BCE's planned acquisition of Montreal-based Astral Media for $3.38 billion creates an "unmatched competitor" in the Canadian marketplace that will benefit consumers, BCE's president and CEO says.

"This fits perfectly with what we are trying to do," said George Cope at a press conference Friday alongside Astral president and CEO Ian Greenberg, who will join BCE's board of directors.

Cope said bringing Astral and Bell Canada together puts the company in an ideal position to take on Quebecor and its subsidiary Videotron in Quebec, as well as the CBC.

It also moves forward BCE's strategy of providing a wide range of services to customers across a "four-screen" platform - television, mobile phones, computers and tablets.

"The customer wins, no doubt about it, more choice in the marketplace across this four-screen evolution and in a way, also drives the Canadian broadcast business and puts it in a stronger position in the headwinds we see in this space going forward and the opportunities we see," Cope said.

Astral operates 22 television services that include The Movie Network and HBO Canada, and top specialty brands such as Canal Vie, MusiquePlus, Teletoon, Family and Disney Junior.

It also operates 84 radio stations in 50 markets, including NRJ, Virgin Radio, Rouge fm, EZ Rock and boom, as well as more than 100 websites and digital media properties.

BCE, the country's largest telecommunications company, already owns Bell Media, which includes the CTV network, BNN and other specialty channels.

The company also teamed up last year with its major competitor Rogers Communications on a $1.07-billion deal for Maple Leaf Sports & Entertainment, which owns the Toronto Maple Leafs, the NBA's Raptors and the Toronto FC soccer club.

Greenberg said Astral's assets as Canada's largest pay and specialty TV broadcaster will be an important component for the growth of Bell in the future.

"I believe that Bell is the best home for Astral and I certainly foresee an exciting future for all of us," Greenberg said.

"After 15 years as commercial partners, we know each other well and share many important values," he said. "The fit between our two companies is a natural and I look forward to seeing our brands become even stronger as part of the Bell family."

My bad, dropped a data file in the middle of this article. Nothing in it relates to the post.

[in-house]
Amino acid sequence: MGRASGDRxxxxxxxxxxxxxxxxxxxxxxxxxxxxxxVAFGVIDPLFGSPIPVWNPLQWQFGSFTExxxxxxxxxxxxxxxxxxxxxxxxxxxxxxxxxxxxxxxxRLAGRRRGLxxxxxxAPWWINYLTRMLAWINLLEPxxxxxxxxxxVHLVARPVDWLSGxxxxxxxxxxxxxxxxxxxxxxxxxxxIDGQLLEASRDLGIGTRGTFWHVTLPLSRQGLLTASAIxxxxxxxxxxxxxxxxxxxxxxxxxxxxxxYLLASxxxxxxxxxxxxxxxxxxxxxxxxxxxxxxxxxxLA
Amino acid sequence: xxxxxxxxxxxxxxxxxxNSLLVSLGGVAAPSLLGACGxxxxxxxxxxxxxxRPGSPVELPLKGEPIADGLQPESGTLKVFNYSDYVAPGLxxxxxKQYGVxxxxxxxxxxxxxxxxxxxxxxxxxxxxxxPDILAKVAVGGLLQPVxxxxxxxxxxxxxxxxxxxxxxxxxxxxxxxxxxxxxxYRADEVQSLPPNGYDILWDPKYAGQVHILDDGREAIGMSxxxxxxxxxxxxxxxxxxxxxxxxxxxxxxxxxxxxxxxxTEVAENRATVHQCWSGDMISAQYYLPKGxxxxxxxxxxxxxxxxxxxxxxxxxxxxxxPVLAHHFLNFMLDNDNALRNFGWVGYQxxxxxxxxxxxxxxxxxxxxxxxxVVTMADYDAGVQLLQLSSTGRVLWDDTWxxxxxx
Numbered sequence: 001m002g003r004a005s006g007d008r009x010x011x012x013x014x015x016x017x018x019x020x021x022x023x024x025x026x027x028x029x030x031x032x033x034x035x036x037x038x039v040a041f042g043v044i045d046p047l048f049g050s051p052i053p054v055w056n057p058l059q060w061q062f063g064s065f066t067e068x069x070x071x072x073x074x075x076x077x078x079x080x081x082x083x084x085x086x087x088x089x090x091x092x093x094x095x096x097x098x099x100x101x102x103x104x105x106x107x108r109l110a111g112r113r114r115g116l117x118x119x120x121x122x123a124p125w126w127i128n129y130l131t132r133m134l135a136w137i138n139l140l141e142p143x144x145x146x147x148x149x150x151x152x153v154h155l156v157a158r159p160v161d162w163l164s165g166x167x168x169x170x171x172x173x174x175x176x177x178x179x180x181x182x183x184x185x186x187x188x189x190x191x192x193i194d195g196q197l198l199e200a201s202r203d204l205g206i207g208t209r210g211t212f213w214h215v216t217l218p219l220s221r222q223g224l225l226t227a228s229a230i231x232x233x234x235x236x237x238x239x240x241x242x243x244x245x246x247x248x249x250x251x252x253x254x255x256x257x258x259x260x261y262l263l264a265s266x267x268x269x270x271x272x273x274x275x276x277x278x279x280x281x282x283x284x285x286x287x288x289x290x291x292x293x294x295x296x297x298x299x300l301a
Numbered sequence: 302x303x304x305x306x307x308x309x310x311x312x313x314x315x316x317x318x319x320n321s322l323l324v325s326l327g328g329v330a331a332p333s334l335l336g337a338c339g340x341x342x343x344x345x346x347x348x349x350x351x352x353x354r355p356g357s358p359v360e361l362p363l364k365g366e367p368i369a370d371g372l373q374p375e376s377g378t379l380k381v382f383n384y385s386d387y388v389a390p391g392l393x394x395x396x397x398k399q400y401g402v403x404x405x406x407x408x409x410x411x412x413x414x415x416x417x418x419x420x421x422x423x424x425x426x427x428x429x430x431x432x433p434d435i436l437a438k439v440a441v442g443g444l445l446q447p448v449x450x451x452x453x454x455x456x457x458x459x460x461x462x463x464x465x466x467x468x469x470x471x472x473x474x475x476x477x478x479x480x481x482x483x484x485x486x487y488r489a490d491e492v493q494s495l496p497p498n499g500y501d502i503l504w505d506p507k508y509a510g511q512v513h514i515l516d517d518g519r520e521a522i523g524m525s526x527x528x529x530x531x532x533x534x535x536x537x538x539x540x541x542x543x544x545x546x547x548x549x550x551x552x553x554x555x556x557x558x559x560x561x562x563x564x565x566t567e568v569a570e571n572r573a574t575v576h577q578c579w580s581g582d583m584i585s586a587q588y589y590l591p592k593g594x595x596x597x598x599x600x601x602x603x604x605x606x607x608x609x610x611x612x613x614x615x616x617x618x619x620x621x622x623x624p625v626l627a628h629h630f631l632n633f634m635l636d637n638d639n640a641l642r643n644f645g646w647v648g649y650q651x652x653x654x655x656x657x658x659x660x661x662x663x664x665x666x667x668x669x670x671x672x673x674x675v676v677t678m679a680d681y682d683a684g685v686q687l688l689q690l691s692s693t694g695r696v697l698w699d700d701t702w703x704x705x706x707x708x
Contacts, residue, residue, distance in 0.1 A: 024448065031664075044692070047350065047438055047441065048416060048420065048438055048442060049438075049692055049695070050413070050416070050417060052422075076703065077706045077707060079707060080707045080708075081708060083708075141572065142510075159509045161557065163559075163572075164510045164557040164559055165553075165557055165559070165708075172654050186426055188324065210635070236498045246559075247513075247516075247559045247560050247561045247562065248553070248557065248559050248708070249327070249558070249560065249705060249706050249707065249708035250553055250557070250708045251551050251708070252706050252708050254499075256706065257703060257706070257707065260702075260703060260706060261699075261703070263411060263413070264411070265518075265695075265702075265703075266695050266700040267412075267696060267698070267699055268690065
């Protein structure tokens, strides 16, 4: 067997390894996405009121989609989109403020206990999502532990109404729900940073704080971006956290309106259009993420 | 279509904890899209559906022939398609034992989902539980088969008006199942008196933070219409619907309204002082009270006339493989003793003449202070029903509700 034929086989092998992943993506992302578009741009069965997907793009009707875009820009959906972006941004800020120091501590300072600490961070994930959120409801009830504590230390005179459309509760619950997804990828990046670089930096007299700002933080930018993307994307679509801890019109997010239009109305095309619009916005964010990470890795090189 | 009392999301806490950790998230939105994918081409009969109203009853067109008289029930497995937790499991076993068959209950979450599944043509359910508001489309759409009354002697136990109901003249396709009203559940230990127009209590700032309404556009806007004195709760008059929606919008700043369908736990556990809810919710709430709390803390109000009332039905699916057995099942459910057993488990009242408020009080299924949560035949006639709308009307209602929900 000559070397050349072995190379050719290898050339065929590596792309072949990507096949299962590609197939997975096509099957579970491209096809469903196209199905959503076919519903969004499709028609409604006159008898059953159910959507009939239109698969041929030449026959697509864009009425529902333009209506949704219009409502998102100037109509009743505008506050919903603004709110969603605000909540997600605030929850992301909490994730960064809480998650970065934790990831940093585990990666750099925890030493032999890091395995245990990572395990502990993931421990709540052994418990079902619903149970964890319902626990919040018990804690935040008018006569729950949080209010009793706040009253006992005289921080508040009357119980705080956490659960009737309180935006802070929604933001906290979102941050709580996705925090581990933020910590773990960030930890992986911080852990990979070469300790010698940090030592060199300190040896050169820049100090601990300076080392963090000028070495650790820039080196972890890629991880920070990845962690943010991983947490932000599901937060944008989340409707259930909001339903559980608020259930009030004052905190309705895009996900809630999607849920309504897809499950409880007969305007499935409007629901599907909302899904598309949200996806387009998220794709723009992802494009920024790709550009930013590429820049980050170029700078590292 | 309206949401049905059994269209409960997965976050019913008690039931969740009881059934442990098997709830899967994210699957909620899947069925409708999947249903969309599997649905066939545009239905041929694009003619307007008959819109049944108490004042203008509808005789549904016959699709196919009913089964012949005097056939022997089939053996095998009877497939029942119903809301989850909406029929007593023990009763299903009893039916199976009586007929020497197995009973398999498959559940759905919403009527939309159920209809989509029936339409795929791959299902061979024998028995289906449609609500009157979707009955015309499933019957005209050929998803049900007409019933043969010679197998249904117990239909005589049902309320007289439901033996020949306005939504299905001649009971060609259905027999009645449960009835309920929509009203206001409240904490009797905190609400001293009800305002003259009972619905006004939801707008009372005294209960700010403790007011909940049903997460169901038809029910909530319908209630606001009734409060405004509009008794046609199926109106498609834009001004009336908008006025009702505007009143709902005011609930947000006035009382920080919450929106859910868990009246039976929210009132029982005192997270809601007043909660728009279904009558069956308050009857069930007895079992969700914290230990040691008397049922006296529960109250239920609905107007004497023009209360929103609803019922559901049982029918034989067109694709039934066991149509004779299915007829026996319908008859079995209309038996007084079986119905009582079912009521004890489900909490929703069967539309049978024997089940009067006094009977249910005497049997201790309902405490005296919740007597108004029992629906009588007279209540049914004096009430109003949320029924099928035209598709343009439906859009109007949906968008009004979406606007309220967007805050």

"It's a deal that really redraws the Canadian landscape in terms of television and radio services," BNN's Paul Bagnell said in an interview with CTV's Canada AM.

"Astral Media is a major player in Canadian specialty (channels) and pay television and radio as well, particularly in the Montreal market," he said.

However, critics say the acquisition raises concerns about the growing concentration of media holdings in Canada.

"I would like to see more diversity … so that Canadians have more diversity of voices, cultural and political discourse, online and in broadcast," said Lindsey Pinto of OpenMedia.ca, a non-profit organization advocating for open and affordable Internet.

News of the acquisition raised Astral shares by $12.05, or about 33 per cent, to $48.30 in trading on the Toronto Stock Exchange, while BCE shares were down 26 cents at $39.80.

Astral's advertising component includes 9,500 signage locations in Quebec, Ontario and British Columbia.

BCE's offer is valued at $50 per share for Astral's non-voting shares, and $54.83 for the voting class. Shareholders of Astral would receive 75 per cent in cash and 25 per cent in stock.

The transaction will require approval from the Canadian Radio-television and Telecommunications Commission and the Competition Bureau before it's completed.